Nukewatch Quarterly Spring 2022
Shorts compiled by Christine Manwiller, Beyond Nuclear, Andrew Cockburn and John LaForge.
Scientists & NGOs to Biden: ‘Get Rid of ICBMs’
Almost 700 award-winning scientists have urged President Biden to cancel the $246 billion Air Force program to replace today’s 400 Minuteman III intercontinental ballistic missiles (ICBMs) and to “consider eliminating silo-based” missiles altogether. The Minuteman IIIs are the subject of Nukewatch’s 1988 book Nuclear Heartland, and its 2015 Revised Edition, which long ago made the case for abolition. Dated Dec. 16, 2021, the letter’s signers include 21 Nobel Laureates, who note that ICBMs are the nuclear weapons most vulnerable to being attacked and are also the ones most likely to be launched first — perhaps in response to a false alarm. The scientists’ letter neglected to mention that ICBM launch control crews and their commanding officers have been scandalized in the 2010s by convictions and expulsions in cases of domestic violence, drug trafficking, corruption, cheating on Air Force exams, and cover-ups. The open letter was followed a month later by a group of sixty U.S. nongovernmental organizations that issued “A Call to Eliminate ICBMs,” calling them a colossal waste of money and a threat to civilization. The January 12 declaration, organized by Roots Action and Just Foreign Policy, said “There is no more important step the United States could take to reduce the chances of a global nuclear holocaust than to eliminate its ICBMs.”
Santa Susana Meltdown Worst Ever in U.S.
The Sodium Reactor Experiment was operated by the Atomic Energy Commission at the Santa Susana Field Laboratory, about 18 miles northwest of Hollywood. Andrew Cockburn reported on the little-known radiation hot spot near Los Angeles in his cover story in the January 2022 Harpers, “Spent Fuel: The risky resurgence of nuclear power.” This is a short excerpt: In July 1959, “the plant’s coolant system failed and its uranium oxide fuel rods began melting down. With the reactor running out of control and set to explode, desperate operators deliberately released huge amounts of radioactive material into the air for nearly two weeks, making it almost certainly the most dangerous nuclear accident in U.S. history. The amount of iodine-131 alone spewed into the southern California atmosphere was two hundred and sixty times that released at Three Mile Island, which is generally regarded as the worst ever U.S. nuclear disaster.* None of this was revealed to the public, who were told merely that a ‘technical’ fault had occurred, one that was ‘not an indication of unsafe reactor conditions.’ As greater Los Angeles boomed in the following years, the area around the reactor site — originally chosen for its distance from population centers — was flooded with new residents. No one informed them of the astronomical levels of radioactive contaminants seeded deep in the soil.”
* Editor’s note: Worse than Three Mile Island was the 1979 Church Rock, New Mexico uranium mill collapse that released to the Puerco River over four times the estimated dispersal of radiation from TMI.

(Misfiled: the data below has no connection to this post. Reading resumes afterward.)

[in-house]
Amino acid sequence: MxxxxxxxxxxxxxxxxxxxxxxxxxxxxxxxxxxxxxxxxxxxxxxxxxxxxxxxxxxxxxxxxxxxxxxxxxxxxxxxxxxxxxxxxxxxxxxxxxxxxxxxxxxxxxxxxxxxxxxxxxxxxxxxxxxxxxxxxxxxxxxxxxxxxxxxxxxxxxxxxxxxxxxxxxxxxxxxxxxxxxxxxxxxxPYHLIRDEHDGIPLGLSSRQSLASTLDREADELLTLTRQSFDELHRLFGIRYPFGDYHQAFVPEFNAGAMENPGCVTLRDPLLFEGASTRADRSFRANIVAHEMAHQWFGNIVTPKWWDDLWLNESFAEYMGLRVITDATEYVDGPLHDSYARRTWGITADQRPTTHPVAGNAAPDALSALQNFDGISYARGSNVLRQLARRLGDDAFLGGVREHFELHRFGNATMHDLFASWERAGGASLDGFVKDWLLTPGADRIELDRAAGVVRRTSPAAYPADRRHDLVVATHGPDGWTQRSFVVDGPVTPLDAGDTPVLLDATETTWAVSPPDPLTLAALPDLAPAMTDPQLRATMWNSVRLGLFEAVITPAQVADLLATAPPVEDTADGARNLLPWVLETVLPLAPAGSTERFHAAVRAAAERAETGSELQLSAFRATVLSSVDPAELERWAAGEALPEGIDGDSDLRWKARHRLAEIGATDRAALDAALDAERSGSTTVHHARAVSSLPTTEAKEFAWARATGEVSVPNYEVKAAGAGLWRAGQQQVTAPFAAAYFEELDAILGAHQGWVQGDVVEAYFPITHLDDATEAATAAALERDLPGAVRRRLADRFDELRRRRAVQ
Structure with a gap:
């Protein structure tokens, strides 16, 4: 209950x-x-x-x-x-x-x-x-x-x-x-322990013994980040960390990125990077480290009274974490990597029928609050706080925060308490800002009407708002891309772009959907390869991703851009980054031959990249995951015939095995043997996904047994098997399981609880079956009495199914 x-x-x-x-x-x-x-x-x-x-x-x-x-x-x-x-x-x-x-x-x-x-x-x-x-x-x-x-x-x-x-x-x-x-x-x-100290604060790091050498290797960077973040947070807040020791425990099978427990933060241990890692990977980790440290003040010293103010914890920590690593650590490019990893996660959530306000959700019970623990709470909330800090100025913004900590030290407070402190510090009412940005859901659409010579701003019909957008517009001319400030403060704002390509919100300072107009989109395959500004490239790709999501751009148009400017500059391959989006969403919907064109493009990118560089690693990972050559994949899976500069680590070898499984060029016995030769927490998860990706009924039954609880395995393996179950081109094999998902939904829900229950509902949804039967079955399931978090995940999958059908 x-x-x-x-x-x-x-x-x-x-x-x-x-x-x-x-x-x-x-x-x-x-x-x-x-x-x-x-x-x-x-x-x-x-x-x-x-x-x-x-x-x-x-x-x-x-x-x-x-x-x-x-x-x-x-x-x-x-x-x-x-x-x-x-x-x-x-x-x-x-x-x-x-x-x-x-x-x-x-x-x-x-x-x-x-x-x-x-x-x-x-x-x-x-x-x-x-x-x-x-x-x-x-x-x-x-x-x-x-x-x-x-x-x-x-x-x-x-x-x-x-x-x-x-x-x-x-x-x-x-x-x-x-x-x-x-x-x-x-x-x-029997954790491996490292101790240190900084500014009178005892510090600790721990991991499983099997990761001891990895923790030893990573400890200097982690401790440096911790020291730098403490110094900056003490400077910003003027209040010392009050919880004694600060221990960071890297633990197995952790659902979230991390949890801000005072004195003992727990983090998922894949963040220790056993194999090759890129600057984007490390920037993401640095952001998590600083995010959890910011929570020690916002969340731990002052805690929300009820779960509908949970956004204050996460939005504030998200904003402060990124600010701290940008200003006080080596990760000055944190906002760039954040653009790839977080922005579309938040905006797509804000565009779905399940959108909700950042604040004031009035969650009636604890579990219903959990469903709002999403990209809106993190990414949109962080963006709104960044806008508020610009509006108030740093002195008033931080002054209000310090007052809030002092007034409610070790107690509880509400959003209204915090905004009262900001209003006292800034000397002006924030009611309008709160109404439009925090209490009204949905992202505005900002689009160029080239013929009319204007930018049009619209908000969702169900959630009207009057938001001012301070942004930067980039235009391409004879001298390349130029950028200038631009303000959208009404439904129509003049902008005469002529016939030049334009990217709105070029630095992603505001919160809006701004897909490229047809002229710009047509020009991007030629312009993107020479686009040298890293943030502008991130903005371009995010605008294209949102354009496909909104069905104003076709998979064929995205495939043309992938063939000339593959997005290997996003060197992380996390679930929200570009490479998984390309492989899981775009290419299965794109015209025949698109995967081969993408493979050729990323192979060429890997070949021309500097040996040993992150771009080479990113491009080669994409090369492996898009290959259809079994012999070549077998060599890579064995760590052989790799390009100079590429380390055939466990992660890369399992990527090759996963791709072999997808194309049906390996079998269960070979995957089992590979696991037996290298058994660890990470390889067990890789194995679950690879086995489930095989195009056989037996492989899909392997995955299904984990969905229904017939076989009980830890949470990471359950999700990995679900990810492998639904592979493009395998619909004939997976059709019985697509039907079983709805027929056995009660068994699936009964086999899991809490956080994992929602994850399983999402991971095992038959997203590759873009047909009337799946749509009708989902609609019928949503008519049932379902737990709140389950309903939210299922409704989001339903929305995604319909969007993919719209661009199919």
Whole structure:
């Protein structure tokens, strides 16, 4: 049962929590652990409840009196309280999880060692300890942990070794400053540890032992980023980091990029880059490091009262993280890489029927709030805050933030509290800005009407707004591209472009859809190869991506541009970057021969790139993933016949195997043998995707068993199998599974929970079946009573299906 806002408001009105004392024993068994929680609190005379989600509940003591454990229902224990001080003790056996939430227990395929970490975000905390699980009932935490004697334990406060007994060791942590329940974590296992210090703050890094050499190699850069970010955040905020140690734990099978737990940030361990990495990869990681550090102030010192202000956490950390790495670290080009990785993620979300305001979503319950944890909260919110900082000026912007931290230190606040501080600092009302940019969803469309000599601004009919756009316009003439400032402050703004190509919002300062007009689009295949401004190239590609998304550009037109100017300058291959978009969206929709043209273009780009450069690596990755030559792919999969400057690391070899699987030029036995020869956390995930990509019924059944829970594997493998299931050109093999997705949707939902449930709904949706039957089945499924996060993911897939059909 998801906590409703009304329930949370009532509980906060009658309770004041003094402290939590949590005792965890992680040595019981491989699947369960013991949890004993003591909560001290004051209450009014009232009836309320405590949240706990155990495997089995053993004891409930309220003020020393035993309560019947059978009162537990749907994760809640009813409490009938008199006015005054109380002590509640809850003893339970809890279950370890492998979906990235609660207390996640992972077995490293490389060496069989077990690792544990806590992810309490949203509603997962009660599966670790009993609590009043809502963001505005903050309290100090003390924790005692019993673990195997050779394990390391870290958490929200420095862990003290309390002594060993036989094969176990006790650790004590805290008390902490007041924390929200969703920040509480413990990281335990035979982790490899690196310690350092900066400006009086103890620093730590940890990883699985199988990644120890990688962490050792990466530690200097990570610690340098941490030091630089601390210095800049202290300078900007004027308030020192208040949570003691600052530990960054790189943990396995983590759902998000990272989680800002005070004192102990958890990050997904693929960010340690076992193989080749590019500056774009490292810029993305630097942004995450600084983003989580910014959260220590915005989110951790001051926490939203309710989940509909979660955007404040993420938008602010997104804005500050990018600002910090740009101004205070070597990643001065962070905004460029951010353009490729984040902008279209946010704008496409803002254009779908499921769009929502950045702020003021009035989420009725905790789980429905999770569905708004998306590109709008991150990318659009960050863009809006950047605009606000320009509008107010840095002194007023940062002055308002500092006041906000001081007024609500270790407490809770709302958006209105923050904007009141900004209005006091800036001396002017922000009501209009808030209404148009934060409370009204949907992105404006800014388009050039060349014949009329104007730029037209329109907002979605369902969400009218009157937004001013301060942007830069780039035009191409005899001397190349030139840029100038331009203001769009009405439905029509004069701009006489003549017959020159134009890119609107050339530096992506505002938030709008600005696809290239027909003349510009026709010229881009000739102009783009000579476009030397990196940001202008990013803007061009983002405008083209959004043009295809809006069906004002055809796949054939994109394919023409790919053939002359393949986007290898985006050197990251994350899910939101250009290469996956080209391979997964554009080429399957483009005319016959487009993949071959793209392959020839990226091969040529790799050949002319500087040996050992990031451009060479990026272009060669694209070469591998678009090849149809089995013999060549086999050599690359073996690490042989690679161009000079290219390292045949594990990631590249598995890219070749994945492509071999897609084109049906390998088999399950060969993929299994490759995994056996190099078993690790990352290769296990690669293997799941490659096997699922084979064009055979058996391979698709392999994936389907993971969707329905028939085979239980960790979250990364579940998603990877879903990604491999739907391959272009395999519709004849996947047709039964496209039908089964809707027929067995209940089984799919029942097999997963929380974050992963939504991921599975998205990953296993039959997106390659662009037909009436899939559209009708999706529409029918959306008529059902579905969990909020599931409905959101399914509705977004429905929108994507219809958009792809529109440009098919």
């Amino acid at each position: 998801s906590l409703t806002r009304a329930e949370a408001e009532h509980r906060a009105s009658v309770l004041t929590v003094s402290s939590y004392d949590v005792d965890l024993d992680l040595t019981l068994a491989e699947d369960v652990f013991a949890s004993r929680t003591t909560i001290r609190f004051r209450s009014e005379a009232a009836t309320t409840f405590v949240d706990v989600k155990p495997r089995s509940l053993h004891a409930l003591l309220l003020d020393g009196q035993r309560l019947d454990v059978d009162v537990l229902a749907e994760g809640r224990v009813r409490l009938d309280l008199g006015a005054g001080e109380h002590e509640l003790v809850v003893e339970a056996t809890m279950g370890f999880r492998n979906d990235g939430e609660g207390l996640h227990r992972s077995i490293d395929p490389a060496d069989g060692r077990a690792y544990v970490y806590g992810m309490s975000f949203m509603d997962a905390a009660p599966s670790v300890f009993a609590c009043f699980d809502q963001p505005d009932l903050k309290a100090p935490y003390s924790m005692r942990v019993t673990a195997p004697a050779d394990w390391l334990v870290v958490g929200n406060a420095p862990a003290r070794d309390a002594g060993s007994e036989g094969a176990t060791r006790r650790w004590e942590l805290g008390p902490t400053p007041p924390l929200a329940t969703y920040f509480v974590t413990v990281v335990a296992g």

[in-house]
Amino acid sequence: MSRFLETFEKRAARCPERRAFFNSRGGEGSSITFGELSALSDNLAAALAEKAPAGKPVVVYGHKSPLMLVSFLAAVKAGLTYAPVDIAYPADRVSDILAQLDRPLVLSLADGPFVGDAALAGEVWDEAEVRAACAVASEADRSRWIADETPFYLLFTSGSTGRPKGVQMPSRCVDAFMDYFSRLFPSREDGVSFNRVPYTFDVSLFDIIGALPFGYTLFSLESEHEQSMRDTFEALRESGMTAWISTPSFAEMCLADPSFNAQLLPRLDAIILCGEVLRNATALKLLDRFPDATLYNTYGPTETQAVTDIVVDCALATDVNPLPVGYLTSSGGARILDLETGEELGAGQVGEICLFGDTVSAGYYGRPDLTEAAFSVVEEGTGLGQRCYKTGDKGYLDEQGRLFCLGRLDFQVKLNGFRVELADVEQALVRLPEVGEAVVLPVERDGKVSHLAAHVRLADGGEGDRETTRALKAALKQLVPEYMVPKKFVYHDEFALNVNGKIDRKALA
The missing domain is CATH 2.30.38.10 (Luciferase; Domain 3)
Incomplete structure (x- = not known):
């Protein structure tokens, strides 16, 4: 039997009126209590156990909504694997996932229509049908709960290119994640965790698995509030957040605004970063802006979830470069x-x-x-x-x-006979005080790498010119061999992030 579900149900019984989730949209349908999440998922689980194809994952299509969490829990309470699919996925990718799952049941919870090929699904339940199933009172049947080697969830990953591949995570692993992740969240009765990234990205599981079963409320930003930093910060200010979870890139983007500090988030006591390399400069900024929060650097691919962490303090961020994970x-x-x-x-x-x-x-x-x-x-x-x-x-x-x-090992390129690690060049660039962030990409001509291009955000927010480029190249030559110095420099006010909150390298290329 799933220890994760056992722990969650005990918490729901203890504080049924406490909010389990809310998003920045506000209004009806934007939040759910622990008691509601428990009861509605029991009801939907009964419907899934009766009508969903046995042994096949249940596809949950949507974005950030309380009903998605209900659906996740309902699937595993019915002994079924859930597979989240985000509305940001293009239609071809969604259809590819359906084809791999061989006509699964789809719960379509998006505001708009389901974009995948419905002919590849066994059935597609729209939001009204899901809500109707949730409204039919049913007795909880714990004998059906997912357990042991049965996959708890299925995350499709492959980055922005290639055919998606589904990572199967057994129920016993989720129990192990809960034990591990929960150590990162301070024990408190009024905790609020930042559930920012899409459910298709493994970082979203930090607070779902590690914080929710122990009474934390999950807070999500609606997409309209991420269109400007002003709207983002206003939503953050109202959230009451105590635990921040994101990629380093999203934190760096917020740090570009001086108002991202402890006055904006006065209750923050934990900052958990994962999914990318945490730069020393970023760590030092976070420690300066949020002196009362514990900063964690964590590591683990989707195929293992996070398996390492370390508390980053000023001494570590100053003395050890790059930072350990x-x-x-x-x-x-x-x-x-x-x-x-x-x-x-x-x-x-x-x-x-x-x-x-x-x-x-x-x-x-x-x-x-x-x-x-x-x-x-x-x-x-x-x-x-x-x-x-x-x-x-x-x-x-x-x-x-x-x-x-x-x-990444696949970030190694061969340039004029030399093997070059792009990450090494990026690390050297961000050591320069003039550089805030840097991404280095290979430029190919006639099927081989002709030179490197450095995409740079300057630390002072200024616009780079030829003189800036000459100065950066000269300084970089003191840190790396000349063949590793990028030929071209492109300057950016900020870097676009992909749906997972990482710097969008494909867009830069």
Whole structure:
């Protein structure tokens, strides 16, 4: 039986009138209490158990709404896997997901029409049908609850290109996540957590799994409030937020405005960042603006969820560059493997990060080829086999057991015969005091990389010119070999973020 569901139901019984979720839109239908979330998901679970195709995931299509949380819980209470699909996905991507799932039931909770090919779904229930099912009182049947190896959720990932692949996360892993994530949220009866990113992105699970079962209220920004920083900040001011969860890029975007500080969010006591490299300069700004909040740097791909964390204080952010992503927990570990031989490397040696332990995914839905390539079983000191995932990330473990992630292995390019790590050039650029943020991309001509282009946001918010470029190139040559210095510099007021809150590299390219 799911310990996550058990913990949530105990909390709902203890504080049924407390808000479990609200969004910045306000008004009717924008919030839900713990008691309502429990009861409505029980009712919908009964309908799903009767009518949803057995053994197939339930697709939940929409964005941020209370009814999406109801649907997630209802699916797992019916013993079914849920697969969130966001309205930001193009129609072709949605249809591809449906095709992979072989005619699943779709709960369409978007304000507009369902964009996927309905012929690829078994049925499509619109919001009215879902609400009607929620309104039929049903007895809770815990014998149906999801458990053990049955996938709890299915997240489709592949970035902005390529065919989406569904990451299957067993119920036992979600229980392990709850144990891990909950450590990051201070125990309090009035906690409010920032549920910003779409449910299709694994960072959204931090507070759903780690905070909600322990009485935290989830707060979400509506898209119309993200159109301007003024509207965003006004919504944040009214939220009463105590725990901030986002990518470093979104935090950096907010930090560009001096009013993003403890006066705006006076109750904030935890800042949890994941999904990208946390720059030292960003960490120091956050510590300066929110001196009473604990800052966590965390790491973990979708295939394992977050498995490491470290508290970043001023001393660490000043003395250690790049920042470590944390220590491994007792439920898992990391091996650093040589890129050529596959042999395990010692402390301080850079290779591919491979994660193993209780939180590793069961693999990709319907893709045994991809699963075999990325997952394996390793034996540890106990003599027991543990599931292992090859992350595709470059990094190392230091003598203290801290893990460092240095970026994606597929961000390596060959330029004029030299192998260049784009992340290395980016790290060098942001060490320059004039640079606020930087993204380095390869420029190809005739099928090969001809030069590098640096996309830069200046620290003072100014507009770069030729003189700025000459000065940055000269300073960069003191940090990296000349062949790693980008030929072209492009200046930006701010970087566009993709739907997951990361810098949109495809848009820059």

Report: New Small Reactor Design “too late, too expensive, too risky, too uncertain”
A new type of nuclear reactor that would provide electricity to at least four states in the Western U.S. poses financial risks for utilities and their customers, according to a report released Feb. 17 by the Ohio-based Institute for Energy Economics and Financial Analysis (IEEFA). The project’s owner and the company developing the reactor immediately criticized the report, which said the small modular nuclear reactor being developed by NuScale Power in Oregon is “too late, too expensive, too risky and too uncertain.” The NuScale design is the only small-scale reactor to win approval so far from the U.S. Nuclear Regulatory Commission, which is poised to issue a rule this summer that would fully certify it. The report from the IEEFA says it’s likely the NuScale reactor will take longer to build than estimated and that the final cost of its electricity will be higher than anticipated and greater than the cost of power from renewables.
— AP, Santa Fe New Mexican, Feb. 18; IEEFA Report, Feb. 17, 2022
China to Sign Southeast Asia Nuclear-Free Zone Treaty
China could become the first nuclear weapon state to sign the Bangkok Treaty which establishes a nuclear weapon-free zone in Southeast Asia. On Nov. 22, 2021, President Xi Jinping announced his intention to sign the agreement, which entered into force in 1997 after being signed by all ten members of the Association of Southeast Asian Nations. China’s support for the Treaty could be a political response to the new “AUKUS” alliance between the U.S., Britain, and Australia, under which the U.S. and Britain have agreed to equip Australia with a fleet of nuclear-powered submarines. (See Winter 2021-22 Quarterly) Chinese Foreign Minister Wang Yi criticized news of the submarine construction plan calling it a threat to the efforts of the Bangkok Treaty to create a nuclear-free zone. According to Dr. Ryan Musto, a Fellow with the Center for International Security and Cooperation, the U.S. should consider joining the Treaty with a stipulation regarding articles it would not obey. Otherwise, Musto wrote for Lawfareblog.com, certain “submarine patrols would be outlawed,” because “under the treaty, the U.S. would be unable to use or threaten to use nuclear weapons against an enemy vessel within the zone. It also would be unable to use a nuclear-armed submarine within the zone to attack a target elsewhere.” The Treaty zone covers the territories, continental shelves, and “exclusive economic zones” of the countries that have had it ratified.